Fantastic Fest 2014: The Duke of Burgundy
The year's most genteel sex comedy reveals relationship truths
By Richard Whittaker,
4:45PM, Thu. Sep. 25, 2014
If there's a lesson to be learned from The Duke of Burgundy, the latest exquisite puzzle picture by British director Peter Strickland, it's this: Being the dom in a sub-dom relationship is really tiring.
In an abstract European location, time uncertain, a domineering, middle-aged woman (Sidse Babett Knudsen) scolds and eventually punishes, in a most disturbing way, her meek and mild maidservant (Chiara D'Anna). Or so it seems. In fact, the pair are engaged in a blissful and contented BDSM relationship. But as the conventional wisdom of the lifestyle goes, it's really the sub who is in charge. As the older woman works harder and harder to keep their relationship in full bloom, she starts yearning for simpler things, like pajamas instead of corsets.
Strickland's last feature, Berberian Sound Studio, is another period piece, set against the grotesqueries of the Italian giallo scene. Its title sequence, actually for the film-within-a-film, is a pitch-perfect homage to the genre's lurid credit styles. With Duke, he adds another layer: Again, the credits show that it is a clear homage to Seventies cinema (Serge Gainsbourg would be proud of the breathy score by Cat's Eyes), but the world he creates speaks otherwise. This is a Seventies version of the Fifties, but a parallel one, set in a community of polite, charming, entomologists who all happen to be in genteel, kinky relationships.
At its heart, there beats a comedy of manners, summed up in scenes like having the local bespoke sex-toy manufacturer come over for tea, and discussing the equipment required for extreme paraphernalia with the same tones one might use to select antimacassars.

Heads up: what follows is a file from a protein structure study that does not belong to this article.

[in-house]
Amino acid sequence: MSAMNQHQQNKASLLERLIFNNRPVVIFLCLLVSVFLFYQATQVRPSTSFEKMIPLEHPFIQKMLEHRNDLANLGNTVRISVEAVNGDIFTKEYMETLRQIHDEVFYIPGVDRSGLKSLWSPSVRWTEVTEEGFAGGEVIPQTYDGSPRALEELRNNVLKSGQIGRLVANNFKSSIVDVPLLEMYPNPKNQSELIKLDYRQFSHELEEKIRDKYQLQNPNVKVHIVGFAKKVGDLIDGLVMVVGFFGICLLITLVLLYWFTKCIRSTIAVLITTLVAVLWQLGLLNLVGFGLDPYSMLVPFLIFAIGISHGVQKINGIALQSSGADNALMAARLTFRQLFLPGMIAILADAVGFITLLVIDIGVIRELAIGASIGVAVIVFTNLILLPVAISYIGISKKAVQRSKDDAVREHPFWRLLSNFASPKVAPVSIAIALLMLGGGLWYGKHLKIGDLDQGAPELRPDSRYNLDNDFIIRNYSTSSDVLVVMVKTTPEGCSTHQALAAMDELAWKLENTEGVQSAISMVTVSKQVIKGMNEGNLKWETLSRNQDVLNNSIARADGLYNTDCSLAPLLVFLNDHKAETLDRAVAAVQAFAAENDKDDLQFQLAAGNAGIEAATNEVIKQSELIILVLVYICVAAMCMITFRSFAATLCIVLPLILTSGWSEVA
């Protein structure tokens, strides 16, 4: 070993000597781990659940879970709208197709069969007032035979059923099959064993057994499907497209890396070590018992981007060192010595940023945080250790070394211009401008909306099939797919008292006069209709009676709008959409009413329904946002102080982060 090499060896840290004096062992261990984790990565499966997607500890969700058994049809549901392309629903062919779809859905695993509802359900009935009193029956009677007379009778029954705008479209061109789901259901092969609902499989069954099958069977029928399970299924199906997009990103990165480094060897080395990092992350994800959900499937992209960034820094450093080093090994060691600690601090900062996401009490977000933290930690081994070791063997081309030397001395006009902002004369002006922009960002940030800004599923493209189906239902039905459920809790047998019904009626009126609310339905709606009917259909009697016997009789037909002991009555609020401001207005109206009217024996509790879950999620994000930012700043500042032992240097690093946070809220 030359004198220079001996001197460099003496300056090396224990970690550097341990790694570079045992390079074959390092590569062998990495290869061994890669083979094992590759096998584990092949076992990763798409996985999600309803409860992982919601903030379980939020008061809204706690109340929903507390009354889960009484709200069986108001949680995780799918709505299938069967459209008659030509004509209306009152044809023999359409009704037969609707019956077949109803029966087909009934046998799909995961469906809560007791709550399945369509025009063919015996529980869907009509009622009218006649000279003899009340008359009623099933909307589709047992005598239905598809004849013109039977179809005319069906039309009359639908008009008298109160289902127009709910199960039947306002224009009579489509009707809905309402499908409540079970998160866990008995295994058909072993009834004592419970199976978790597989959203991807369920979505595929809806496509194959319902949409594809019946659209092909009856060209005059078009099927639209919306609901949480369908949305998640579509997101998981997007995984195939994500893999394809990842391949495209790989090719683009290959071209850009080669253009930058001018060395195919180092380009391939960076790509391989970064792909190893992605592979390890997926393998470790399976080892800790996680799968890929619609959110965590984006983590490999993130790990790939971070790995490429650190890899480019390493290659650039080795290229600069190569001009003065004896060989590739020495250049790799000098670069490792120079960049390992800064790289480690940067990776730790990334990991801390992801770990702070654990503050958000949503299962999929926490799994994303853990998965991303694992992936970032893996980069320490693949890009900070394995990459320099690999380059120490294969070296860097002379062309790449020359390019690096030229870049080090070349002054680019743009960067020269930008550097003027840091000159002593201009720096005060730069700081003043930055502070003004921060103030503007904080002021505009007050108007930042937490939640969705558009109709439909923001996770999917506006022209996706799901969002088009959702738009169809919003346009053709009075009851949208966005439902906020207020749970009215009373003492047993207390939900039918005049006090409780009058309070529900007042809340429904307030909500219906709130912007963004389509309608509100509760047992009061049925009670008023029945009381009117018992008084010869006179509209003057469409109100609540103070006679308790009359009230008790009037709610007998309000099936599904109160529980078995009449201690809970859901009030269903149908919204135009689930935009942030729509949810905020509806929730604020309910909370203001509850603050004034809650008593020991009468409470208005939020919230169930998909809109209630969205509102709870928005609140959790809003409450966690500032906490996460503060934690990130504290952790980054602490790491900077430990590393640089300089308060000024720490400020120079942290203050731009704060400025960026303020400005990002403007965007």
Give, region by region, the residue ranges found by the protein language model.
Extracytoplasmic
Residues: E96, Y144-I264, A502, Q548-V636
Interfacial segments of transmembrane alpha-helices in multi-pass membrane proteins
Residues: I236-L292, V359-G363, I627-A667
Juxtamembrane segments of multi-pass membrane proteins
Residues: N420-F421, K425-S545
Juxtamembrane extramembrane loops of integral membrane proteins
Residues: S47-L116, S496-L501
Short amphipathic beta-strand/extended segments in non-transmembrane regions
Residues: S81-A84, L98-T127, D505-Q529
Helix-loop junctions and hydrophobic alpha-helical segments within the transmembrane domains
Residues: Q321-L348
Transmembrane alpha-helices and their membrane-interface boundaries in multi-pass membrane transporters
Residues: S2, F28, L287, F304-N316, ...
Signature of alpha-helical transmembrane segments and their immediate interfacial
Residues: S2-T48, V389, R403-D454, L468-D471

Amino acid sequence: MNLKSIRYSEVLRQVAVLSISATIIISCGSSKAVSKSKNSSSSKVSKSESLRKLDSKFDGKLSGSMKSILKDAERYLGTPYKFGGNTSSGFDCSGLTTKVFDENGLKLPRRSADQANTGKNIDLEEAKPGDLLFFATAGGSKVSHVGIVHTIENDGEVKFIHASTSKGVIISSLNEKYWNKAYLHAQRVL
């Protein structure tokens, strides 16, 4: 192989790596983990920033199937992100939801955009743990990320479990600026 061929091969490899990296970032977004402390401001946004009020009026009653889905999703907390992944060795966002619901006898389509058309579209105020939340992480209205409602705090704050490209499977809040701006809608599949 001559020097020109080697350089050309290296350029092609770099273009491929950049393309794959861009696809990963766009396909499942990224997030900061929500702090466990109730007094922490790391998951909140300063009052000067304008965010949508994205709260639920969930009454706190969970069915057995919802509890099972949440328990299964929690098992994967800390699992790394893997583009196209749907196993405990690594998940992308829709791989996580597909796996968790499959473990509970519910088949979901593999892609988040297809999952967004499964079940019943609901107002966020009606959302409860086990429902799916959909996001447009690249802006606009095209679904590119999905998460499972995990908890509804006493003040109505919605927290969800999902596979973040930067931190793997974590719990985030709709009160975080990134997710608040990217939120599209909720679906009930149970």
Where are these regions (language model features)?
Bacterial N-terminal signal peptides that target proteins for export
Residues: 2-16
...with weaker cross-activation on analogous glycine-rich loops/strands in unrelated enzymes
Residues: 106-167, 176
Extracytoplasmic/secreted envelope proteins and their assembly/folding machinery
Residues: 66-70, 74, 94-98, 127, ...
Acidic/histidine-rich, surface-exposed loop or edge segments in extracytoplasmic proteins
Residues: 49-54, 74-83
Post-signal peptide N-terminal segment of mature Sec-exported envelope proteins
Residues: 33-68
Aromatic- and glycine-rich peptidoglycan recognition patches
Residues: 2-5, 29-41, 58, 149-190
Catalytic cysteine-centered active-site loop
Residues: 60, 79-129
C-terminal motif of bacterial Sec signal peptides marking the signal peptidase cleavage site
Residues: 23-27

But, far more importantly, this is about willingness and coercion – two ropes pulling any relationship. The environment may be daydreamlike, but the truths burn like sunshine. The moment calf-high boots are replaced by comfy bed socks, the power shifts dramatically, but it is also a character beat of humor and pathos. There's a kinship to the lovingly scathing insights of early Mike Leigh, combined with the hallucinatory Britishness of executive producer Ben Wheatley's work (that said, post-A Field in England, it's clear the Strickland-Wheatley influences flow both ways).
Strickland's tone is erotic and fetishistic: But by creating an environment where mistress/servant relationships are the norm, not taboo, he purposefully undercuts any sense of voyeurism. Plus, (as my wife noted) by removing the power dynamics of having any men present, he is allowed to make some incisive commentaries about the ebb and flow of control and balance.
And this is where the genius of Strickland will eventually become truly apparent. Berberian Sound Studio was a conundrum, one that frustrated many as they were forced to research the subtle nods and obscure references beneath the sonic and visual attack. It proved that Strickland does nothing by accident, so while Duke is delicious from the first nibble, its secrets (why are there mannequins in the audience at the bug lectures? How are butterflies a currency? And who exactly is the duke?) will only unfurl their wings over time and repeated viewings.